This cafe is trying a new way to get its diners to practice social distancing.

Highlights

  • Post covid-era dining is likely to see heightened hygiene concerns
  • Ladybyrd Cafe in Los Angeles has come up with mini cabins for diners
  • These are similar to greenhouses set up in the cafe’s parking lot

Whether we like it or not, Coronavirus has had a major impact on our lives and our everyday tasks. Eating out at a restaurant was normally something we would not have thought about twice, but now, it is the utmost importance to take all the necessary precautions. Sanitation and hygiene is the topmost concern among restaurant owners as well as diners. A cafe at Los Angeles has come up with an interesting solution to these hygiene concerns. Ladybyrd Cafe in Echo Park, Los Angeles had shut down in March but reopened in a new avatar.

The restaurant’s parking lot was lying unused and dilapidated, until the cafe’s owner, Misty Mansouri, came up with a novel solution. She transformed the parking lot into a beautiful garden complete with flowers, herbs and plants. Further, she installed private glass cabins in the cafe’s parking lot for small groups of diners to dine in.

(Also Read: Covid-19: 5 Ways The Epidemic Will Change The Way We Eat)

The mini greenhouses or pods adhere to all the cleanliness and sanitation guidelines issued by the U.S. Centers for Disease Control and Prevention (CDC). Further, they automatically make diners practice social distancing norms as well as they help maintain the bare minimum distance to prevent the spread of Coronavirus. “The CDC guidelines are really you just have to be six feet apart, right? I just went the extra step to make sure that people feel extra comfortable,” Mansouri said. “Many of the people who have dined here, this has been their first experience and they feel super-safe.”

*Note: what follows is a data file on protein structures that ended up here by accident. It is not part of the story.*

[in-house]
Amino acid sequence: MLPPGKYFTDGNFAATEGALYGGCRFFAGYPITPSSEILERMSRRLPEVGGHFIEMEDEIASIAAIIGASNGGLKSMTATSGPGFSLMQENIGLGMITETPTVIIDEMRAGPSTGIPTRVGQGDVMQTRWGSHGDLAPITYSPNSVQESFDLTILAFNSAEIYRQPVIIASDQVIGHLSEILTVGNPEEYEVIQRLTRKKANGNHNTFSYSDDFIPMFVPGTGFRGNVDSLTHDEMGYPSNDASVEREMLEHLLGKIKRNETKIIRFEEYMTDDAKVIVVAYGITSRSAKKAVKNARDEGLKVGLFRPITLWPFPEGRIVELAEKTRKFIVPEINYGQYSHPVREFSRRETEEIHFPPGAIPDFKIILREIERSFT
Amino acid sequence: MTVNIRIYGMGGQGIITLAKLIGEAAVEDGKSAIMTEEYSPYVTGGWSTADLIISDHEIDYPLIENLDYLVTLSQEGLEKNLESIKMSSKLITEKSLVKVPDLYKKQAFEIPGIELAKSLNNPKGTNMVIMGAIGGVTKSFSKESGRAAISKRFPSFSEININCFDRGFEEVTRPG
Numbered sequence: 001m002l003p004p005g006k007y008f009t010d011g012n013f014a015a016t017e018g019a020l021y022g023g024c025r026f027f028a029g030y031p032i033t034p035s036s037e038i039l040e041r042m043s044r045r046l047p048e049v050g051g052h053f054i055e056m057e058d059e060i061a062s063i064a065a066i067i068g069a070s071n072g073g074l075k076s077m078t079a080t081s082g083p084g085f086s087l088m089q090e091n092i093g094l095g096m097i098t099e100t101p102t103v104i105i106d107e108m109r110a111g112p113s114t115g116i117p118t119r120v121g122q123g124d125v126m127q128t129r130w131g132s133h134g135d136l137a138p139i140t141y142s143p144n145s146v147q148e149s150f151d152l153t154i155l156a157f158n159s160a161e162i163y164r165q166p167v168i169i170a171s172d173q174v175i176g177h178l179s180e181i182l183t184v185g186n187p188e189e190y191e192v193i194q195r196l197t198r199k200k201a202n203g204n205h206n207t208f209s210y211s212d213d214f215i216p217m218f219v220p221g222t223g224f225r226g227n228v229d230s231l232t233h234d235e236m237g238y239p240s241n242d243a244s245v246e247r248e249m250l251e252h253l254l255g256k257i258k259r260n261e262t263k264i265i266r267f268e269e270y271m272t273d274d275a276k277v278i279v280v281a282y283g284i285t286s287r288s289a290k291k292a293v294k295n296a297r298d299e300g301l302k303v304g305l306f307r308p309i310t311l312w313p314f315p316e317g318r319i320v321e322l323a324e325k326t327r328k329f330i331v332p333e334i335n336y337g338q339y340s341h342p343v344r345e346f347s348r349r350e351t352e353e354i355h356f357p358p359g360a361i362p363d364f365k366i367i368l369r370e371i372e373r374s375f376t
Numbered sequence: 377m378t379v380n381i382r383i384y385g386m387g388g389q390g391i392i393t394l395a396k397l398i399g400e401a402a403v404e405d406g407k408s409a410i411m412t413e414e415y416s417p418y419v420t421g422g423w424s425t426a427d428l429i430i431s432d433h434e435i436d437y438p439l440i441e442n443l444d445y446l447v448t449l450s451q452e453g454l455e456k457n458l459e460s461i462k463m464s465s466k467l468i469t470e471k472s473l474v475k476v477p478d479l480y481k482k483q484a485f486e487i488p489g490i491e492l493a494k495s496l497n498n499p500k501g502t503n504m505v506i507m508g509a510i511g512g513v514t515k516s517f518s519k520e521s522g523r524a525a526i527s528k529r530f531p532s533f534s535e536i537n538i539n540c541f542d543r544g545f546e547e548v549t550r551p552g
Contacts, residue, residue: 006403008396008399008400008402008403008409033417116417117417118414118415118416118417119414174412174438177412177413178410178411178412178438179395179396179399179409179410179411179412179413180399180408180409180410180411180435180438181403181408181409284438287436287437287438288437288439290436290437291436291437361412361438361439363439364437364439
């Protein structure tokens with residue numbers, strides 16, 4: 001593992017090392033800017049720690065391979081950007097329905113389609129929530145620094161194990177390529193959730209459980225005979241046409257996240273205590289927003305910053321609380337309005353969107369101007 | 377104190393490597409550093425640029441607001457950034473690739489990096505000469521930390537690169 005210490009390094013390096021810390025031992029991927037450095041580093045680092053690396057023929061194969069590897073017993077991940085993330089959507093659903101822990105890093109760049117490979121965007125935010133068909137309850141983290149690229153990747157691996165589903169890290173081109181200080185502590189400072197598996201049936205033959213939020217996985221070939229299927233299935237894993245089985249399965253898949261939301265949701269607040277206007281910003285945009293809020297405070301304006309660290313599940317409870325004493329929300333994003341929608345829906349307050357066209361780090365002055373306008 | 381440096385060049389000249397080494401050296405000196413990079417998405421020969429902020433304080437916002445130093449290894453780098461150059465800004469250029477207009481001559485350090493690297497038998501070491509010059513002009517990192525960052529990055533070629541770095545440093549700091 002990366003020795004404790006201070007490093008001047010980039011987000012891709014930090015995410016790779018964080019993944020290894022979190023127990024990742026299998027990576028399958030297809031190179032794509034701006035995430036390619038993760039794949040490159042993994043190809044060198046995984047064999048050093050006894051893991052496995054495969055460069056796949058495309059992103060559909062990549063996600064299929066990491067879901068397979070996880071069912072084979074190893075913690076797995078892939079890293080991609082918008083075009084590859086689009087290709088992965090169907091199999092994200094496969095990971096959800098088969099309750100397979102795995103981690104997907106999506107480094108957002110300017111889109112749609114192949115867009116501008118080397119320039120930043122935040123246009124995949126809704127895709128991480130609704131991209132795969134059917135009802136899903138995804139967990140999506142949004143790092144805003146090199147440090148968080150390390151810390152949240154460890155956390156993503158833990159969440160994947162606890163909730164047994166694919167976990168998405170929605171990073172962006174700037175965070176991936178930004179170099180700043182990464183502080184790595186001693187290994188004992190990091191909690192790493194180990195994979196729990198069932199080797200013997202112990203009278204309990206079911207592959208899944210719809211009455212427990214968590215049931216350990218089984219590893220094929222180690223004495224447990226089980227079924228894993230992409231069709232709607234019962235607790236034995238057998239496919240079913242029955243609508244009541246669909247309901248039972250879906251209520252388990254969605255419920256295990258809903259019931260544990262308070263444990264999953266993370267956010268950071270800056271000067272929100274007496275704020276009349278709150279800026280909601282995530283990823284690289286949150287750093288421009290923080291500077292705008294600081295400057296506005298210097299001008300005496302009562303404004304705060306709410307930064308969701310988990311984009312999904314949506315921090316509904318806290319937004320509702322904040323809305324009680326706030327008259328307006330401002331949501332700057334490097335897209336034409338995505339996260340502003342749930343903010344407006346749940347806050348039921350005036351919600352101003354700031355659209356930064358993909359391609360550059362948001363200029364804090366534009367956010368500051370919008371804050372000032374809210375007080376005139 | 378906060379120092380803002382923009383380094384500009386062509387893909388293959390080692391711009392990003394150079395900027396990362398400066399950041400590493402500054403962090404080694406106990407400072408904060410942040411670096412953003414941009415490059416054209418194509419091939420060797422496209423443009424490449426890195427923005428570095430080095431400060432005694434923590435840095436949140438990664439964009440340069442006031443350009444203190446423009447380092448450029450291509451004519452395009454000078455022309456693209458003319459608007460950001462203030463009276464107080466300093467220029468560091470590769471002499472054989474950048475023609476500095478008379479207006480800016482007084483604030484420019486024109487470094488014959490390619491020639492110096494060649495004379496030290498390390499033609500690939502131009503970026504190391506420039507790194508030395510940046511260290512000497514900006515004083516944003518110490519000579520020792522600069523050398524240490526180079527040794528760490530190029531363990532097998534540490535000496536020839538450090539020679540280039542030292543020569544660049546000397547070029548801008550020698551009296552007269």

Diners are thrilled with the idea of having their own separate private space, away from the restaurant’s regular hustle bustle. The bonus, of course, is maintenance of good hygiene. A 34-year-old customer of the restaurant, Thessa Villegas, convinced her reluctant friend Rebecca High to go out for lunch by showing her the greenhouses on the cafe’s website. She called the experience the “holy grail of dining.” “I think this is amazing. This is what I think we have needed for a very long time in merging that safety plus the whole experiencing social interaction,” she said.

We hope more such restaurants across the globe follow suit and innovate keeping in mind the need of the hour!

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